Promising studies on probiotics


Probiotic foods have existed since many centuries and are not new to human culture. Ancient civilizations have traditionally used probiotic foods such as yogurt, tempeh, kefir, miso, sauerkraut etc to improve gastrointestinal health, overall general well being due to the remarkable health benefits of probiotics. The most common species present in most probiotic foods and food / dietary supplements is bacterium Lactobacillus acidophilus.


Lactobacillus acidophilus bacteria is available in many forms as dried preparations, liquid cultures of “live” bacteria, acidophilus milk, freeze dried powders, freeze dried granules, tablets, and lactobacillus acidophilus capsules.


Lactobacillus acidophilus bacteria protect against disease causing bad pathogens by the following mechanism. The Lactobacillus acidophilus breaks down food in the gastrointestinal tract to release several substances such as lactic acid and hydrogen peroxide. These byproducts create an environment that is not suitable for bad bacteria to survive. It is due to this reason probiotics are recommended over antibiotics. Antibiotics destroy all microorganisms and do not differentiate between bad and good bacteria. This creates an imbalance in the microflora of the intestine and leads to diarrhoea and other associated conditions. Probiotics helps to restore the delicate balance of microflora in the intestine and promotes gastrointestinal health.


Today many studies have been conducted to investigate the benefits of probiotics as a viable therapeutic agent in improving gut health and decreasing disease of the gastrointestinal tract. Some well  established benefits of probiotics include(1):


Decrease in the risk and severity of diarrhoea caused by rotavirus.

Reduced risk of traveller’s diarrhoea.

Reduction on the risk of relapsing of diarrhoea caused by Clostridium difficile.

Decrease in the risk of antibiotic associated diarrhoea in young children.


Studies on benefits of probiotics

Growing body of research on the benefits of probiotics have clearly placed probiotics as a remarkable functional food.

Healthy blood lipids

Many studies have demonstrated positive benefits of probiotics on blood lipids. In a meta-analysis of short term intervention studies it was found that fermented probiotic food products such as yogurt decreased the LDL cholesterol levels by 5% and total cholesterol by 4% (2). Although the researchers of the study concluded that more long term studies are required they did not rule out the benefit of probiotics on blood lipids.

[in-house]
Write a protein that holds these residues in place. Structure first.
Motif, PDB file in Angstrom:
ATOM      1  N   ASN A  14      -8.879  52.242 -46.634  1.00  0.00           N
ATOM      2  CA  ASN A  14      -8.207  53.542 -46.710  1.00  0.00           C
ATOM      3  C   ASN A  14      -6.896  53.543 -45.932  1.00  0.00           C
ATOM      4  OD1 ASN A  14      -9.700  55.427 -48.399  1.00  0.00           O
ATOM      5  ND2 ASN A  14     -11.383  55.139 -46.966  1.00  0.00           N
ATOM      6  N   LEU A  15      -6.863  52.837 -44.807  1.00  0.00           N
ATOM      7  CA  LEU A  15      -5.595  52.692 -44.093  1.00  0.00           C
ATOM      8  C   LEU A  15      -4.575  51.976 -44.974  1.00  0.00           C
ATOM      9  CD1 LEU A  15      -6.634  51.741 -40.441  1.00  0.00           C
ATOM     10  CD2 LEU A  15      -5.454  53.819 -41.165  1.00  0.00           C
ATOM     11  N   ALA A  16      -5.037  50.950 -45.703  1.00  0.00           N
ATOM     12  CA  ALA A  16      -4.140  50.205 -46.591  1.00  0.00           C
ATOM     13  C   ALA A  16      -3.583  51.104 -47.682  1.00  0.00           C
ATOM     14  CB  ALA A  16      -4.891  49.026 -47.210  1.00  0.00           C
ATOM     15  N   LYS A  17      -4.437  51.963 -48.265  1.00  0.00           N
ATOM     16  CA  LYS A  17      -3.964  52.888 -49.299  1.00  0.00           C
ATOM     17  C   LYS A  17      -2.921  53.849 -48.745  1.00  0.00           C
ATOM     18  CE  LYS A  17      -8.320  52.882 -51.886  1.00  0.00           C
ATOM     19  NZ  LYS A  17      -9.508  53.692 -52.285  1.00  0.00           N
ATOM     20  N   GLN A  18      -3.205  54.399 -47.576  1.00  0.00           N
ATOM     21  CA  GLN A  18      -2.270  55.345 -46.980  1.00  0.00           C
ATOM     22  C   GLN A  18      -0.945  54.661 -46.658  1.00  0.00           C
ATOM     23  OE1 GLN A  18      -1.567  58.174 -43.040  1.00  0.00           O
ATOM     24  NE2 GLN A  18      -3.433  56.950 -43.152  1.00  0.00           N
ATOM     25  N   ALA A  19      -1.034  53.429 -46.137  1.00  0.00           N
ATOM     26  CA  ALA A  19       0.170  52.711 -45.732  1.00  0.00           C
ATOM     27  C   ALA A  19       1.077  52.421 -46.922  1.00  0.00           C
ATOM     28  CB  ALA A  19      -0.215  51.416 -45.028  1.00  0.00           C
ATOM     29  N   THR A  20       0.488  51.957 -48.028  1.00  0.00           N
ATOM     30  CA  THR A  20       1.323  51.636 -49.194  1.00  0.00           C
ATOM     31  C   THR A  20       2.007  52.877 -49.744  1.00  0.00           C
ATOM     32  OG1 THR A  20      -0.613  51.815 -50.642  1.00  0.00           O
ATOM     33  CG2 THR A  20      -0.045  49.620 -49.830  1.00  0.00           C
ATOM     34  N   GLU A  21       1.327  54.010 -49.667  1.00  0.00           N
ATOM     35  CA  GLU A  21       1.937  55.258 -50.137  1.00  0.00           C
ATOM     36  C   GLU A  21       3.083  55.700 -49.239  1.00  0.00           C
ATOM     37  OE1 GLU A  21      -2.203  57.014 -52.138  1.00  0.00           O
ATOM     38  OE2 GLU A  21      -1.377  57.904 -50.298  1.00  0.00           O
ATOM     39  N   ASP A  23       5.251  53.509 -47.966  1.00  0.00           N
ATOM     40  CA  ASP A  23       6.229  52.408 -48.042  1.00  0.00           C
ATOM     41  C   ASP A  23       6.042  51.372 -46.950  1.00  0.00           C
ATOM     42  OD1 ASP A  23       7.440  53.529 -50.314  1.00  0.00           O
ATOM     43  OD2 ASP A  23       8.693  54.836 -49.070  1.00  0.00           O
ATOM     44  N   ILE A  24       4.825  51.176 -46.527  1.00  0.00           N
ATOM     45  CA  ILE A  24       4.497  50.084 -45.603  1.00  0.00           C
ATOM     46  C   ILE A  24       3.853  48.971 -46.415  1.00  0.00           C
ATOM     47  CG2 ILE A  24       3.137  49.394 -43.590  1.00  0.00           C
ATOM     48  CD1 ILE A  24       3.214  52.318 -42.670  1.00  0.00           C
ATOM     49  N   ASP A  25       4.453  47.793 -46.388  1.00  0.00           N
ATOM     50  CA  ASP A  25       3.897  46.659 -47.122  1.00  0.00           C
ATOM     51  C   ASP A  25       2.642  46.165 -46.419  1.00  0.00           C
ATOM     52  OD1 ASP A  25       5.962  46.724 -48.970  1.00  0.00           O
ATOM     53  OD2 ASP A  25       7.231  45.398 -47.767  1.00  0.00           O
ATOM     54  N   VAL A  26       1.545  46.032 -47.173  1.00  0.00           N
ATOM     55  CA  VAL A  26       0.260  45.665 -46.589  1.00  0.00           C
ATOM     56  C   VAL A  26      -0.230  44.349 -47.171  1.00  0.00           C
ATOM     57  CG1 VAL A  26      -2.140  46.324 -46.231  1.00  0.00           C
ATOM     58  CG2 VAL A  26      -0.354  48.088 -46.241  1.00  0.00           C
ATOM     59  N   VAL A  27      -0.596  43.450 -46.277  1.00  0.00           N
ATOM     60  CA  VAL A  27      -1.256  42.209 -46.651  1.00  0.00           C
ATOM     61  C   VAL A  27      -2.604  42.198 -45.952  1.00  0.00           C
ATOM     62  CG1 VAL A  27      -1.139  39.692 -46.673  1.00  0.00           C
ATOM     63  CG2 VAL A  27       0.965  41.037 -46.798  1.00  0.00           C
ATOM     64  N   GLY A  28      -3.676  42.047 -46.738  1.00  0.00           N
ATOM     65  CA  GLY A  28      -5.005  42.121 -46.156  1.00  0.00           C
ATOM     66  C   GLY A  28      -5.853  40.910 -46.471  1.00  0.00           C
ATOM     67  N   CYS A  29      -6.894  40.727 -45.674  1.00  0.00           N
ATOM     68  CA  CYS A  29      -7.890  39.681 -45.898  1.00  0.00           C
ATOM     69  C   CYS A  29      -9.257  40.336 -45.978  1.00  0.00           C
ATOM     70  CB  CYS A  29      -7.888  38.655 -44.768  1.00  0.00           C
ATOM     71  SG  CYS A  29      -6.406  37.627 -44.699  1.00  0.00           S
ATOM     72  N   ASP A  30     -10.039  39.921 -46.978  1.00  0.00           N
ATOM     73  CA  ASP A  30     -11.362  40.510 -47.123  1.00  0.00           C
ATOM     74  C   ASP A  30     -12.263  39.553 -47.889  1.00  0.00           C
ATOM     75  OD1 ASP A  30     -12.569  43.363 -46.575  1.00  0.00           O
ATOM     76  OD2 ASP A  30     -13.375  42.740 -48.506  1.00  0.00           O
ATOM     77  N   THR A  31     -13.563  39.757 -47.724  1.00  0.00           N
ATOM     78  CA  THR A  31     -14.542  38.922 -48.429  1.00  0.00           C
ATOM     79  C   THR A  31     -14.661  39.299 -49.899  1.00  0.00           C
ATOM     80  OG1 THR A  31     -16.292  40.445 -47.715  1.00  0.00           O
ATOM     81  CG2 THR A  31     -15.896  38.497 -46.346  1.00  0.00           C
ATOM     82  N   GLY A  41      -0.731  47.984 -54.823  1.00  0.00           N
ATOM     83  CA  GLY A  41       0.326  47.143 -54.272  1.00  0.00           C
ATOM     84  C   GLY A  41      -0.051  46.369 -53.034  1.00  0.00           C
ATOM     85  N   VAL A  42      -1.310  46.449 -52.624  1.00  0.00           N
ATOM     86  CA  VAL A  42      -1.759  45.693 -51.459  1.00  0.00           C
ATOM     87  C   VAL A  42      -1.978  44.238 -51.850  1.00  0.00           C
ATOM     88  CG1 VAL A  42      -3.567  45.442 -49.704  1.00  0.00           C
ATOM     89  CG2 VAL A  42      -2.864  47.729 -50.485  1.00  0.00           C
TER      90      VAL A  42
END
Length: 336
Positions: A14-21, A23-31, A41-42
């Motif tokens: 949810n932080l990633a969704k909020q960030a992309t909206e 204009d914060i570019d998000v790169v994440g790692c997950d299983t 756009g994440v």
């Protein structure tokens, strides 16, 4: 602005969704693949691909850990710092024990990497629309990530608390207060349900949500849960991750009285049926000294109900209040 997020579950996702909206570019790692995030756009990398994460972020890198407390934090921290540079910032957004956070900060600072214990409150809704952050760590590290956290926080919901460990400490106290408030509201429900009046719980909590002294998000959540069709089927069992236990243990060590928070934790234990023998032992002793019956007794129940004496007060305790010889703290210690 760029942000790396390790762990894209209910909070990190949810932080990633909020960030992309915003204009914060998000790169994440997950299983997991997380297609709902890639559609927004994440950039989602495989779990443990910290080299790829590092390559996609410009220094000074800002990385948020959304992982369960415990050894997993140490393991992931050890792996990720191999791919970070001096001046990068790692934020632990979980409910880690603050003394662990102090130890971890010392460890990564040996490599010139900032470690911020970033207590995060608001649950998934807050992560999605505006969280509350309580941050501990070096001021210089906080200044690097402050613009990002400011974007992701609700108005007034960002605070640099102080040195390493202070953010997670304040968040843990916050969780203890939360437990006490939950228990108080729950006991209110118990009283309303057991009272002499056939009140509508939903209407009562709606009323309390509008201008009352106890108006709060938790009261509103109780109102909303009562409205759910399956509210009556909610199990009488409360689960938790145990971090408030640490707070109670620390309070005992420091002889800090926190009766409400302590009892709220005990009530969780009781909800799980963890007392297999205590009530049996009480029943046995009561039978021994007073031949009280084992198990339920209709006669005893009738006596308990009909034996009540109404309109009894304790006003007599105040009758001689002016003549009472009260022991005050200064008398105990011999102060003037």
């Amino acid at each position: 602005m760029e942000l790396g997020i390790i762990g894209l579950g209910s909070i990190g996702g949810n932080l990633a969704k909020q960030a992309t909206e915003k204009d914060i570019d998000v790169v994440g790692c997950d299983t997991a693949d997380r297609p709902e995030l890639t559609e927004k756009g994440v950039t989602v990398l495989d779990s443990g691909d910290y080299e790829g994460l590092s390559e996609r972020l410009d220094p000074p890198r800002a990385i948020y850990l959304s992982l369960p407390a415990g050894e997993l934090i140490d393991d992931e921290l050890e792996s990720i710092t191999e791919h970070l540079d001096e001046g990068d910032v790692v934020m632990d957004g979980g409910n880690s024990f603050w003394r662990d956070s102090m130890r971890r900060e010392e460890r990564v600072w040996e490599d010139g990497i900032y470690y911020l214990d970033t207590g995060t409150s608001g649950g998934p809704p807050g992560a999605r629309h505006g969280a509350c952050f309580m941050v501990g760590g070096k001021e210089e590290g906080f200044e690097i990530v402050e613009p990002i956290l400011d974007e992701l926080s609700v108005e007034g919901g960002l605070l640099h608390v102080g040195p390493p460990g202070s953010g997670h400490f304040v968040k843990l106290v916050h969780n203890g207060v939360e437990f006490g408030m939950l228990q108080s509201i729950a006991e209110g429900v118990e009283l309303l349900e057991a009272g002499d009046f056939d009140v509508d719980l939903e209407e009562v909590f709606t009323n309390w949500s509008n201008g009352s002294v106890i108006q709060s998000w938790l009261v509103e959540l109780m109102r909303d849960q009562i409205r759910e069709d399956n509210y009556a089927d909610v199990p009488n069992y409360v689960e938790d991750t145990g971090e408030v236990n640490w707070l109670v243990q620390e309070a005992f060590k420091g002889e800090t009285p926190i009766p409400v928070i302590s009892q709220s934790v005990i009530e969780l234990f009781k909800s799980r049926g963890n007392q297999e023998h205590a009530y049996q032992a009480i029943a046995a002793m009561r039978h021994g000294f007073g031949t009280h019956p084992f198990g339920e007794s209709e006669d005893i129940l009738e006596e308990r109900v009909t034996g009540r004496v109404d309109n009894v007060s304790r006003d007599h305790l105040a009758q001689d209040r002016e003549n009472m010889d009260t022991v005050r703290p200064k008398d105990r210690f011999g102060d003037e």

In another study that analysed the cholesterol-lowering effect of probiotic yogurt in comparison with ordinary yogurt in mild to moderately hypercholesterolemic subjects revealed the beneficial effects of probiotics. The study revealed that consumption of probiotic yogurt caused a significant decrease in the serum total cholesterol levels. Lactobacillus acidophilus and B. lactis were the two probiotic bacterial strains that exhibited cholesterol lowering effect among patients with high blood cholesterol(3).


Healthy immunity in preterm infants

The intestinal flora of breast-fed infants is an important physiologic factor in the function of the gut and in the development of the immune system. The research was conducted to investigate whether a bovine milk formula supplemented with a prebiotic mixture from galactooligosaccharides and fructooligosaccharides can stimulate an intestinal flora similar to that of breast-fed infants. The data obtained indicated that the prebiotic mixture was able to stimulate the development of a microbial flora similar to that of breast-fed infants. The study concluded that based that it can be suggested that prebiotics may play a role as modulators of the postnatal development of the immune system(4).


The efficacy of probiotics in improving gut health and immune system cannot be understated. There is a strong demand for more studies in this field of nutrition due to the astounding health benefits of probiotics. As more studies emerge on the benefits of probiotics, and more data accumulates there is a likelihood that probiotics may be used in the area of clinical nutrition in preventing and treating infectious disorders, allergic conditions and as a complimentary therapy in many ailments. While following studies on probiotics it is important to consider the ones that are carefully conduced such as double-blind, placebo-controlled investigations which provides data that are strongly validated in order to document the specific efficacy of each individual organisms.


It is also important that probiotic supplements should be administered only after consultation with a health care provider despite their proven clinical efficacy.




  1. Jon A Vanderhoof; Probiotics: future directions; Am J Clin Nutr June 2001 vol. 73 no. 6 1152S-1155S
  2. Agerholm-Larsen L; The effect of a probiotic milk product on plasma cholesterol: a meta-analysis of short-term intervention studies; Eur J Clin Nutr. 2000 Nov;54(11):856-60.
  3. Ataie-Jafari A; Cholesterol-lowering effect of probiotic yogurt in comparison with ordinary yogurt in mildly to moderately hypercholesterolemic subjects; Ann Nutr Metab. 2009;54(1):22-7. Epub 2009 Feb 20.

Boehm G, Prebiotics in infant formulas; J Clin Gastroenterol. 2004 Jul;38(6 Suppl):S76

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